Scottish immigration to America was sporadic but continuous, in general in was largely dependant on the political climate in both Scotland and England. Deportation was used as a way for the Scottish government to get rid of political unrest.
This resulted in a large number of political prisoners being shipped off to the colonies.
Banishment to the colonies was originally only possible if a major crime had been committed and the sentence was seen as suitable by the privy council. In 1971, the Court of justiciary was given the ability to do so as well. Several events brought vast numbers of political prisoners to the colonies. The aftermath of the Scottish civil war resulted in thousands of soldiers as prisoners to Virginia, new England and the Caribbean. In may of 1956 around 1200 were shipped out of Scotland under Cromwellian rule.
During the 1640s radical religious and political changes were occurring in Scotland. The Scots were deeply loyal to the kirk, also known as the Presbyterian church of Scotland and King Charles I who came to the throne in 1625 was trying to interfere with the internal workings of the Kirk. As a result, Scottish noblemen and commoners signed a document in 1638 called the national covenant. This meant that they agreed to resist Charles proposed reforms. The power of the Covenanters was to grow over the course of the next decade or so and in September 1648, THE KIRK PARTY, a fanatical branch of the convenanters seized power.
Religion and politics were inseperable in seventeenth century Europe. Religious conscience dictated how an individual acted and to compromise this was regarded as heresy. Although in personal circumstances the is generally a good thing, when applied to politics and government it often resulted in narrow mindedness regarding policy.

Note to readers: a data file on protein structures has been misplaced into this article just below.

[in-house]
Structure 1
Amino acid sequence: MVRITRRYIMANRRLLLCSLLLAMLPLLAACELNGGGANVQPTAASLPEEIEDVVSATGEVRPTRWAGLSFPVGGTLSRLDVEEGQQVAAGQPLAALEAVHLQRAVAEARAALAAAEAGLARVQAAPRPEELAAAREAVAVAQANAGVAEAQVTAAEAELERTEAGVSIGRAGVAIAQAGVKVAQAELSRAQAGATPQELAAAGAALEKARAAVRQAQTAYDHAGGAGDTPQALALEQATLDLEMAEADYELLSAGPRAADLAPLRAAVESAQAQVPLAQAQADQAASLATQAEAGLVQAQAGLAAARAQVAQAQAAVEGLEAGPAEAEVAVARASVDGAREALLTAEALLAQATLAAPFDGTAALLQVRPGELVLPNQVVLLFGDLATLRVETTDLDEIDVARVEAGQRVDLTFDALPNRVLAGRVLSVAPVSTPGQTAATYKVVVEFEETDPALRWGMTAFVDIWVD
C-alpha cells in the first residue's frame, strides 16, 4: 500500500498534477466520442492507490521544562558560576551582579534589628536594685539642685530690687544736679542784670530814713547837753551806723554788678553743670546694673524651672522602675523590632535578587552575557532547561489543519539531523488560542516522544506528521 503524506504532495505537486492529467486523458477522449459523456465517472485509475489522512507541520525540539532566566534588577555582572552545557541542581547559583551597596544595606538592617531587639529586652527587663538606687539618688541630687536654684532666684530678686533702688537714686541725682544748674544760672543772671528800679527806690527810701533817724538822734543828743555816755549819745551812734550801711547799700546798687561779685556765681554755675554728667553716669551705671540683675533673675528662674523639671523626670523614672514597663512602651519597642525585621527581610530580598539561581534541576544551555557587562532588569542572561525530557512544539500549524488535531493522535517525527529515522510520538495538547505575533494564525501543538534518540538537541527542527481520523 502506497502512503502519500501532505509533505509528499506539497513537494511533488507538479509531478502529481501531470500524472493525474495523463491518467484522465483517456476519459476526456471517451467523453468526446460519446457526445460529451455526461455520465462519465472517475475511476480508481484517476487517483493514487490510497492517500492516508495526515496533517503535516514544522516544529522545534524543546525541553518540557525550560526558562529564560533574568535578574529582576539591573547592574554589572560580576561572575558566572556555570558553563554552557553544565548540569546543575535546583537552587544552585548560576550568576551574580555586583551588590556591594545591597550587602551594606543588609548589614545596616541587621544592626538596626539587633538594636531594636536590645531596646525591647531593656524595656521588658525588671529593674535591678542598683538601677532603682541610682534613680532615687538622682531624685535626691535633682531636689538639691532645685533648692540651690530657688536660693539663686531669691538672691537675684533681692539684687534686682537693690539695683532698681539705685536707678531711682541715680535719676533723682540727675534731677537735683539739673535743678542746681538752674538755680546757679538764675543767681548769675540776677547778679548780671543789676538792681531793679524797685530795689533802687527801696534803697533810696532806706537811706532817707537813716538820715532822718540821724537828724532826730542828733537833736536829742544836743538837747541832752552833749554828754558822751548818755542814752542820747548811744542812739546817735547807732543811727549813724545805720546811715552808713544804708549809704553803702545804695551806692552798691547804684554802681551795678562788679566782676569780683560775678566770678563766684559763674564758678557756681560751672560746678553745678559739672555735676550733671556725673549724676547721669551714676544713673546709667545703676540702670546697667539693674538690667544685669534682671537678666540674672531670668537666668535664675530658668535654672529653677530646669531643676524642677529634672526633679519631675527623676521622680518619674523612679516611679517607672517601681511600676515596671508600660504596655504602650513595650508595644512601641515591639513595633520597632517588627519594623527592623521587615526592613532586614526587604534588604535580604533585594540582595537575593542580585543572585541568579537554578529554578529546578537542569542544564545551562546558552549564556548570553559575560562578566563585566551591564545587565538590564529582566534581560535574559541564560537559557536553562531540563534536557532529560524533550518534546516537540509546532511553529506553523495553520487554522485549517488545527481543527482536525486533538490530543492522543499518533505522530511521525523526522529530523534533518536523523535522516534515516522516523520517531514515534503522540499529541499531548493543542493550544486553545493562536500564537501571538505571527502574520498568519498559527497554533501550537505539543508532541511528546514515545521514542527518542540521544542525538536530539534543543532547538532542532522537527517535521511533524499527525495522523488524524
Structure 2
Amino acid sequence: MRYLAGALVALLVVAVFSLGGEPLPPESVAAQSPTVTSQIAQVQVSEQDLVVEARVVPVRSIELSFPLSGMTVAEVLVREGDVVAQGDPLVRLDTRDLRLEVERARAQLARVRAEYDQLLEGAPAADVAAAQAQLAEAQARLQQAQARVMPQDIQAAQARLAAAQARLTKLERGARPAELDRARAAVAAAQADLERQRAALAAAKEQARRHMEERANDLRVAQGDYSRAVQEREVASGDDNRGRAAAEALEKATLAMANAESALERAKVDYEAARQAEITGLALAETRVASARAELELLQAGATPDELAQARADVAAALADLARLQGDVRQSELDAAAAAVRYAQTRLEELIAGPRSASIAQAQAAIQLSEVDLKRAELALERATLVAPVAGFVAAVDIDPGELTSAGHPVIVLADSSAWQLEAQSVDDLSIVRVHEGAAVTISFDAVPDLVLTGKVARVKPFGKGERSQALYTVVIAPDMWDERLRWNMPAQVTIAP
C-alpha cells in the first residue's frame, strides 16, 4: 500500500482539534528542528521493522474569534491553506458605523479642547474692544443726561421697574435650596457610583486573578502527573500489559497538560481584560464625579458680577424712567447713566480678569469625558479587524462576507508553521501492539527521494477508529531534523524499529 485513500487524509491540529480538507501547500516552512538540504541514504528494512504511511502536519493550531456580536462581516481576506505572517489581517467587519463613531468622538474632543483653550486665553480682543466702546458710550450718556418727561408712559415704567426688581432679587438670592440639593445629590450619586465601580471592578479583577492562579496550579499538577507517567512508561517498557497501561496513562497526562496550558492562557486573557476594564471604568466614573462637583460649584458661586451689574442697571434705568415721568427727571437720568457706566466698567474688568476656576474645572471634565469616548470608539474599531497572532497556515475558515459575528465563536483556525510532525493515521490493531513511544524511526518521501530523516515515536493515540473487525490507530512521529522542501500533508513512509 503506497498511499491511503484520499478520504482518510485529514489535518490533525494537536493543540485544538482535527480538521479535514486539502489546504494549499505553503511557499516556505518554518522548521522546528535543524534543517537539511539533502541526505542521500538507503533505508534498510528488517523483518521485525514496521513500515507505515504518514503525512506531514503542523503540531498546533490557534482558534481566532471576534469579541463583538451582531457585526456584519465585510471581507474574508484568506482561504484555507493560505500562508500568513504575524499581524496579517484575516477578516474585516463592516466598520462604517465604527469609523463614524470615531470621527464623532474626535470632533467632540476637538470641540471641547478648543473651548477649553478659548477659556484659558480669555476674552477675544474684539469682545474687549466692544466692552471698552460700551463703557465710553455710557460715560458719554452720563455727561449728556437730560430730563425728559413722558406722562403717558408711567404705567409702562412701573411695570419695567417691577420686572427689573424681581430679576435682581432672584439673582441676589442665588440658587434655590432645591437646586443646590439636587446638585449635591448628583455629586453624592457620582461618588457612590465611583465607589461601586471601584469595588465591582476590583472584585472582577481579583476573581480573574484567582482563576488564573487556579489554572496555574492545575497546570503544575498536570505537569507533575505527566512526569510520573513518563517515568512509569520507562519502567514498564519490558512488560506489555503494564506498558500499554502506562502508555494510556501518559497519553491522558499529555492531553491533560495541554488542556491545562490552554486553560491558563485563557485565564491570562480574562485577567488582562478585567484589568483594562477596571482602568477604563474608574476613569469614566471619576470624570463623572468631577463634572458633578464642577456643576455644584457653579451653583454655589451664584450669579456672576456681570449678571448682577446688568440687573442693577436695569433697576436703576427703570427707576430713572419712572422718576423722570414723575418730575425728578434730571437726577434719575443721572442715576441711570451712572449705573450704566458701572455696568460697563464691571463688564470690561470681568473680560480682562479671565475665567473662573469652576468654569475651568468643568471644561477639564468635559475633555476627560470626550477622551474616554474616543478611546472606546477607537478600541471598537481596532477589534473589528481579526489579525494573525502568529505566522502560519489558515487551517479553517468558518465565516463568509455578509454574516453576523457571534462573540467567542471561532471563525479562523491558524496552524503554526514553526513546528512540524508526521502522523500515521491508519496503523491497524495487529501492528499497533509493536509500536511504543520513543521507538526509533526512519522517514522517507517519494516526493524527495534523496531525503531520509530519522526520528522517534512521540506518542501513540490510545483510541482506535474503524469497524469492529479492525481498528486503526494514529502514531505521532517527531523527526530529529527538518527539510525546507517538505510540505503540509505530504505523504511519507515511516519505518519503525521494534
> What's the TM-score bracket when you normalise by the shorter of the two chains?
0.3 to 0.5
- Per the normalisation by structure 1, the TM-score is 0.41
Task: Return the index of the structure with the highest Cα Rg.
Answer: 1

The act of classes is an example of such narrow minded policy making, this was passed by the Kirk party on the fourth of January 1649, it banned the kirks political opponents from the government and the army. Many of those who were barred were veterans of the civil wars, it seemed that loyalty to the kirk was more important to the country than military experience.
In the January of 1649, Charles is executed and the scots dubbed his son Charles the second as their king. The hope was that if they championed Charles that he in turn would convert to Presbyterianism and submit to the control of the kirk party. Charles the second negotiated conditions for his return whilst in exile in France and finally accepted the Convenanters terms and so arrived back in Scotland in june 1650. He tolereated the Kirks party rule as he needed the support of its members, His plan was to regain the English throne and then then take back his agreements with the kirk party under the argument that they had been made under duress.
The unstable situation was an issue for Anglo-Scottish relations. Scotland had been free to crown Charles just as England had the right to become a republic. Coincidentally, on the day that Charles returned to Scotland, The English council of state met and had come to the conclusion that the enemy was Charles and not the Kirk party or the Scottish people. A decision was made to strike at Charles in an attempt to eliminate him and establish a pro English government in Scotland.
Dispite the apparent threat from Charles, Englands cheif military leader at the time, Lord General Thomas Fairfax opposed the plan to evade Scotland on the grounds that they had formerly been close allies and so he voluntarily resigned command of the army. This was when Oliver Cromwell was given to post and was to lead the proposed invasion. He set off to Scotland